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HOOKS RETURNS, VOTES ON NBA MATTER

HOOKS RETURNS, VOTES ON NBA MATTER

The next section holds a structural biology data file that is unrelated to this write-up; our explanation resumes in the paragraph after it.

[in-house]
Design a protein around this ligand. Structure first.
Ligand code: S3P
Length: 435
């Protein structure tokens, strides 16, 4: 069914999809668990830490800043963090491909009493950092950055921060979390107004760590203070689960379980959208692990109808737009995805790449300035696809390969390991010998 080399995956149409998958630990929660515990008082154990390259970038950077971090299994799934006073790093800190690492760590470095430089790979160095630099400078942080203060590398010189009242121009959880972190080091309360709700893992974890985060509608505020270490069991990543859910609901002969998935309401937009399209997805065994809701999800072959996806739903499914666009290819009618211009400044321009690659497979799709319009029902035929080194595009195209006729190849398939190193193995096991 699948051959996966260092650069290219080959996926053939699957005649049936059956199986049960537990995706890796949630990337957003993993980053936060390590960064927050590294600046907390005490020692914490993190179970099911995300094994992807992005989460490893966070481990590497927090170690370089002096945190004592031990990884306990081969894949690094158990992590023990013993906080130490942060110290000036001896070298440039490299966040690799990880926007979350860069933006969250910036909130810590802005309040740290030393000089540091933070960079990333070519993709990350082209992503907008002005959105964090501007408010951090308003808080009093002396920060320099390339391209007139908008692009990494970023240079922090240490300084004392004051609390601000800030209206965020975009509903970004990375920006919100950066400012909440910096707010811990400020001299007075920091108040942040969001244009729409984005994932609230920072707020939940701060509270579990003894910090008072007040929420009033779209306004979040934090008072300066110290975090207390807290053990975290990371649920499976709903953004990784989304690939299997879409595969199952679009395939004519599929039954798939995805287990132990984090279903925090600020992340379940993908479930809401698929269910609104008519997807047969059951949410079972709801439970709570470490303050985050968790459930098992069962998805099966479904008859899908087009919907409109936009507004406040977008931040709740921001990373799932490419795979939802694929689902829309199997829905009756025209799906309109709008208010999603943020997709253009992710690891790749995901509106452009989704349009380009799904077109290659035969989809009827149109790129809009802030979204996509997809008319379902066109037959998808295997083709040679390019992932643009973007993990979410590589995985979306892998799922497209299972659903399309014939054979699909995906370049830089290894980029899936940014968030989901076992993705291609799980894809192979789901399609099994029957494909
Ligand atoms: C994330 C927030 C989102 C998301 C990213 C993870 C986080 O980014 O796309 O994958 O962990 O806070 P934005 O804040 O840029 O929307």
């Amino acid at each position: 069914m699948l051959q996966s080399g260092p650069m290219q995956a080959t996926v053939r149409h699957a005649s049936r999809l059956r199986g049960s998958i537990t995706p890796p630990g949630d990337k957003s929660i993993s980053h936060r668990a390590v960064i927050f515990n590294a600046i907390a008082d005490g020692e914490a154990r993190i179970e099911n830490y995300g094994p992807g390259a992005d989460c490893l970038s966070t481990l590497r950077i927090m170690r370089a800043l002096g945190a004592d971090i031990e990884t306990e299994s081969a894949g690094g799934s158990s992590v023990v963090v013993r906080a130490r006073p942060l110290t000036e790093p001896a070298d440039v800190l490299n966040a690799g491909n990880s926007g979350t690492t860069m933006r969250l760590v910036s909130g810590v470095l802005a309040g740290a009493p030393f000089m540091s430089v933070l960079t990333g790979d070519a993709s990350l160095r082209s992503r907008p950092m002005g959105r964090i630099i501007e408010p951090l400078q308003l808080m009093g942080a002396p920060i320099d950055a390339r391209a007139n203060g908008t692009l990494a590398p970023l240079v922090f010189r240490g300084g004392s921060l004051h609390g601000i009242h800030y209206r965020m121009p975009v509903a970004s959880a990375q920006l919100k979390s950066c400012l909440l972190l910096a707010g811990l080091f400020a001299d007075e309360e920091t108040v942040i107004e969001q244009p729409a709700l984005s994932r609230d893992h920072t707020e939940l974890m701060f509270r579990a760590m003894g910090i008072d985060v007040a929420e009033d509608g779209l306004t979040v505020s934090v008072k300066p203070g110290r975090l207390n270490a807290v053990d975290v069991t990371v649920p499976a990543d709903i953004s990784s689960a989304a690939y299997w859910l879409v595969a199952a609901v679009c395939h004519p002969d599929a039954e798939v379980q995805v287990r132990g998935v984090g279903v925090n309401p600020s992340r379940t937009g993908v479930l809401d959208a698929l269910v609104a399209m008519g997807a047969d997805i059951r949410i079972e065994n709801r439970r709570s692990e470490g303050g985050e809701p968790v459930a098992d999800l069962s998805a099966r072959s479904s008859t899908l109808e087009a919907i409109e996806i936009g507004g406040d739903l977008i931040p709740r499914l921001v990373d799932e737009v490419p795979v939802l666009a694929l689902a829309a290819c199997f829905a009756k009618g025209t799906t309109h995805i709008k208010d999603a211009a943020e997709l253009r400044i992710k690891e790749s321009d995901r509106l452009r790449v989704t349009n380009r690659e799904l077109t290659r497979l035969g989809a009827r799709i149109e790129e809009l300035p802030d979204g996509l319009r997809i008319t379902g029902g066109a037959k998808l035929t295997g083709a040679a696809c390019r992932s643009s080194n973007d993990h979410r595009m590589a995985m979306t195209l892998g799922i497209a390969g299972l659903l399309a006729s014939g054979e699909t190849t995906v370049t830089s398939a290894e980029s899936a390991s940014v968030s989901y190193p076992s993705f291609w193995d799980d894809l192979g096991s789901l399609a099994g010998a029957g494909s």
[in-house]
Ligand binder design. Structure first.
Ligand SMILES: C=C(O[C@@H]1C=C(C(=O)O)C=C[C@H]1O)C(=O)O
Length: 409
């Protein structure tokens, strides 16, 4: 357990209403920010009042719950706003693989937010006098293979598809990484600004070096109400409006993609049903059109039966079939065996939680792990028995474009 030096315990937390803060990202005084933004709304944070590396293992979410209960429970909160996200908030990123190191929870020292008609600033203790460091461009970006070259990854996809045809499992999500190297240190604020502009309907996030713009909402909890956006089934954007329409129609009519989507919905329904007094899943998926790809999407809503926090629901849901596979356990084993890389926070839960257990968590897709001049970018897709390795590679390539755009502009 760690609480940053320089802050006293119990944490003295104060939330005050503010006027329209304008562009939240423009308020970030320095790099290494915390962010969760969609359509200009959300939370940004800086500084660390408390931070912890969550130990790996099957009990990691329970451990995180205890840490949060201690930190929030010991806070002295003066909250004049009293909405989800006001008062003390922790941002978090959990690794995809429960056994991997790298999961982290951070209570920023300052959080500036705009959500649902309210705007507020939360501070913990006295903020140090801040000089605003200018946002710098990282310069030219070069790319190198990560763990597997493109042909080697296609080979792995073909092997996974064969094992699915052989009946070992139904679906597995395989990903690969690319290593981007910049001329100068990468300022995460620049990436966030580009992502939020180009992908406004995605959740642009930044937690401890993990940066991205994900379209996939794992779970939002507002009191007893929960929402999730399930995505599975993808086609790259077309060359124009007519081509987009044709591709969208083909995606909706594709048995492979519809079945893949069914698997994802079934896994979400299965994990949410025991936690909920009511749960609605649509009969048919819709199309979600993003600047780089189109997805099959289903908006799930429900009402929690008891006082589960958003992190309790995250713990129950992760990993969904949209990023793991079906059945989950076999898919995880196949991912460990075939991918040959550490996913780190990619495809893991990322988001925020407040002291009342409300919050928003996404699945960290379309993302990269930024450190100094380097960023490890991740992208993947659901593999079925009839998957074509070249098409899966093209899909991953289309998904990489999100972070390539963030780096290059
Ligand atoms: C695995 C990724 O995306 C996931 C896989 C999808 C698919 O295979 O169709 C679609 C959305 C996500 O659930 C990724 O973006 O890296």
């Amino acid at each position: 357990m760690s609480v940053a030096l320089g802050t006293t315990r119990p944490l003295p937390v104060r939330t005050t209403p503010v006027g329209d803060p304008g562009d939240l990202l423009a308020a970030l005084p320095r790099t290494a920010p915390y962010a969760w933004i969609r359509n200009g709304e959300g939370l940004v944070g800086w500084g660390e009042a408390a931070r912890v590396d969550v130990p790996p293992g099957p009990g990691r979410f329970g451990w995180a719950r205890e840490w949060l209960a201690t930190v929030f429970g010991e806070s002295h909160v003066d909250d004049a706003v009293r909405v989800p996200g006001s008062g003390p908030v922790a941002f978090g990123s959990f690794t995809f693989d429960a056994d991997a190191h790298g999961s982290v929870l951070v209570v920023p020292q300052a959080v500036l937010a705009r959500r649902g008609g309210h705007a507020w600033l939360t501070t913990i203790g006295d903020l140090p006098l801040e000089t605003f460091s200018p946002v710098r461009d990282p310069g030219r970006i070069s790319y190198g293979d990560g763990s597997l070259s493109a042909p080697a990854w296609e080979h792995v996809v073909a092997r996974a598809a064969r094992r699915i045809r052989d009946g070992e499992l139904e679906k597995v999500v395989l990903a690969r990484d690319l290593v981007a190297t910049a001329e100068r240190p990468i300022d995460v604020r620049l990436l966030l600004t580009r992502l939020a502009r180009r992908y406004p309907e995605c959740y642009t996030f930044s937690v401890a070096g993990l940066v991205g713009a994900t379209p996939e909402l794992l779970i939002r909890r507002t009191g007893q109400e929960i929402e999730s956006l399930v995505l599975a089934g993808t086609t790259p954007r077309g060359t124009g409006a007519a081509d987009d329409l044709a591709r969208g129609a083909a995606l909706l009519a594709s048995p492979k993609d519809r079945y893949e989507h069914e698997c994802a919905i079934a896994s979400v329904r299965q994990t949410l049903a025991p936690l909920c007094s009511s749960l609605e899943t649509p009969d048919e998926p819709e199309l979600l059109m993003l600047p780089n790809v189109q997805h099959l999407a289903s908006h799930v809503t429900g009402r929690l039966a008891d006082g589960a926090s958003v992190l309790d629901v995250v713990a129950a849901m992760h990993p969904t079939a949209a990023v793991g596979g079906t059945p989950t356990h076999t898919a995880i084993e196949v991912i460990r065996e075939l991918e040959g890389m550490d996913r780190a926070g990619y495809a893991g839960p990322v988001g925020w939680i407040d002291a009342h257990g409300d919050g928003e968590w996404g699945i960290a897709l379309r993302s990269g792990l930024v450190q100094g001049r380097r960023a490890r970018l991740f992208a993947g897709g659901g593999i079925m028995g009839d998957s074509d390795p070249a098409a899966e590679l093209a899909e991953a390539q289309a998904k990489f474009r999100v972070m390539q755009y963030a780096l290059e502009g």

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Shelby County Commissioner Michael Hooks Sr. made his first public appearance in well over a month Monday, sitting in briefly at a regularly scheduled meeting of the commission, where he cast two votes (both seemingly in favor of an expedited pursuit of a National Basketball Association franchise) and seconded another key NBA-related motion. It was the first appearance by Hooks at a commission meeting or anywhere else since March 21st when the commissioner -- flanked by wife Janet Hooks , a member of the Memphis city council, and his children, including Memphis school board member Michael Hooks Jr. -- confessed an addiction to crack cocaine. Hooks had been arrested the week before by Shelby County deputies who had arrived at his residence to serve a traffic warrant on Michael Hooks Jr. and found drug paraphernalia and crack cocaine residue in the senior Hooks' possession. In the aftermath of his arrest, which resulted in a misdemeanor citation, Hooks volunteered for rehabilitation as Charter Lakeside Hospital, and word was passed by a family friend last week that he had served 28 days in rehab and had been discharged. Hooks, who entered Monday's commission meeting midway during a discussion of a resolution from Commissioner Walter Bailey to sponsor a $31,000 poll of Shelby Countians about their attitudes toward the NBA matter, made no remarks but voted twice. On a motion by Commissiner Linda Rendtorff to delay voting on Bailey 's motion for three months, Hooks voted yes; it lost 4-6. On a motion by Commissioner Clair VanderSchaaf to delay implementation of the poll until May 21st (a strategem that, in effect, started the disclosure clock on NBA Now, the local pursuit team), Hooks voted No; the motion passsed overhwelmingly. It would seem that Hooks, who voted identically with chairman James Ford, a fervid supporter of building a new NBA-worthy arena, thereby aligned himself with fast-track proponents of securing the NBA franchise. Hooks later seconded a motion to postpone naming a commission liaison person to work with NBA Now. (Chairman Ford confided that he would probably appoint himself to the post at the commission's next meeting.) During the meeting, Hooks made one call out from a telephone adjoining the commissioners' meeting area. After the meeting, he raced backstage to an area which normally is open and where commissioners, during a meeting, are served refreshments and may avail themselves of rest room facilities As soon as Hooks passed through the door to the backstage area, the doors were locked from within, long enough to allow him to avoid the sizeable media on hand and vacate the building via an elevator.

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